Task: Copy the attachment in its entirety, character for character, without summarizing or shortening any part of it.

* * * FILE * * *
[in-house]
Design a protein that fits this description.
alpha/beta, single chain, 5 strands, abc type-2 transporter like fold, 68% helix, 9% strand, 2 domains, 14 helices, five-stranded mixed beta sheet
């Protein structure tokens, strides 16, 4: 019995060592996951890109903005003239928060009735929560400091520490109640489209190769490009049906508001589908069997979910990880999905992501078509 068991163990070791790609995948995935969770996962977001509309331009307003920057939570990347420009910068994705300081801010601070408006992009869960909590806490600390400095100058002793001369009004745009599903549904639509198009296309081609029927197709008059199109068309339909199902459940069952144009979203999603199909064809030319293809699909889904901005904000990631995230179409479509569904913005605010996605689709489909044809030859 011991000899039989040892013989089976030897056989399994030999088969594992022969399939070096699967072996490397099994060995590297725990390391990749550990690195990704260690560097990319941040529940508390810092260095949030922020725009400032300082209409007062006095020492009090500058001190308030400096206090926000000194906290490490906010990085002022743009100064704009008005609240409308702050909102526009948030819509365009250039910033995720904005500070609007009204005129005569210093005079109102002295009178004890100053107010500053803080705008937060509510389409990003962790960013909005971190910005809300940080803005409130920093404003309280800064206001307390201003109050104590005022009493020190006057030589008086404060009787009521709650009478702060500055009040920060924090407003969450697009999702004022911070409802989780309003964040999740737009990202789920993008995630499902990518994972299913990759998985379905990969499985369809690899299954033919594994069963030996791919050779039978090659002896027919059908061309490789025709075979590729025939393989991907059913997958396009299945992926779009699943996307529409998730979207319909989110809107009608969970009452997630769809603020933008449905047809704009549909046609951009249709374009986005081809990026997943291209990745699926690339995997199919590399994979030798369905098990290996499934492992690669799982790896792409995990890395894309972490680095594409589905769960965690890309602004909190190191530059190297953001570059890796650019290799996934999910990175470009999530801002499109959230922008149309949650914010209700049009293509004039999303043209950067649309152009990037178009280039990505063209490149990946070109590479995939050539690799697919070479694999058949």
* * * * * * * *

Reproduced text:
[in-house]
Design a protein that fits this description.
alpha/beta, single chain, 5 strands, abc type-2 transporter like fold, 68% helix, 9% strand, 2 domains, 14 helices, five-stranded mixed beta sheet
């Protein structure tokens, strides 16, 4: 019995060592996951890109903005003239928060009735929560400091520490109640489209190769490009049906508001589908069997979910990880999905992501078509 068991163990070791790609995948995935969770996962977001509309331009307003920057939570990347420009910068994705300081801010601070408006992009869960909590806490600390400095100058002793001369009004745009599903549904639509198009296309081609029927197709008059199109068309339909199902459940069952144009979203999603199909064809030319293809699909889904901005904000990631995230179409479509569904913005605010996605689709489909044809030859 011991000899039989040892013989089976030897056989399994030999088969594992022969399939070096699967072996490397099994060995590297725990390391990749550990690195990704260690560097990319941040529940508390810092260095949030922020725009400032300082209409007062006095020492009090500058001190308030400096206090926000000194906290490490906010990085002022743009100064704009008005609240409308702050909102526009948030819509365009250039910033995720904005500070609007009204005129005569210093005079109102002295009178004890100053107010500053803080705008937060509510389409990003962790960013909005971190910005809300940080803005409130920093404003309280800064206001307390201003109050104590005022009493020190006057030589008086404060009787009521709650009478702060500055009040920060924090407003969450697009999702004022911070409802989780309003964040999740737009990202789920993008995630499902990518994972299913990759998985379905990969499985369809690899299954033919594994069963030996791919050779039978090659002896027919059908061309490789025709075979590729025939393989991907059913997958396009299945992926779009699943996307529409998730979207319909989110809107009608969970009452997630769809603020933008449905047809704009549909046609951009249709374009986005081809990026997943291209990745699926690339995997199919590399994979030798369905098990290996499934492992690669799982790896792409995990890395894309972490680095594409589905769960965690890309602004909190190191530059190297953001570059890796650019290799996934999910990175470009999530801002499109959230922008149309949650914010209700049009293509004039999303043209950067649309152009990037178009280039990505063209490149990946070109590479995939050539690799697919070479694999058949």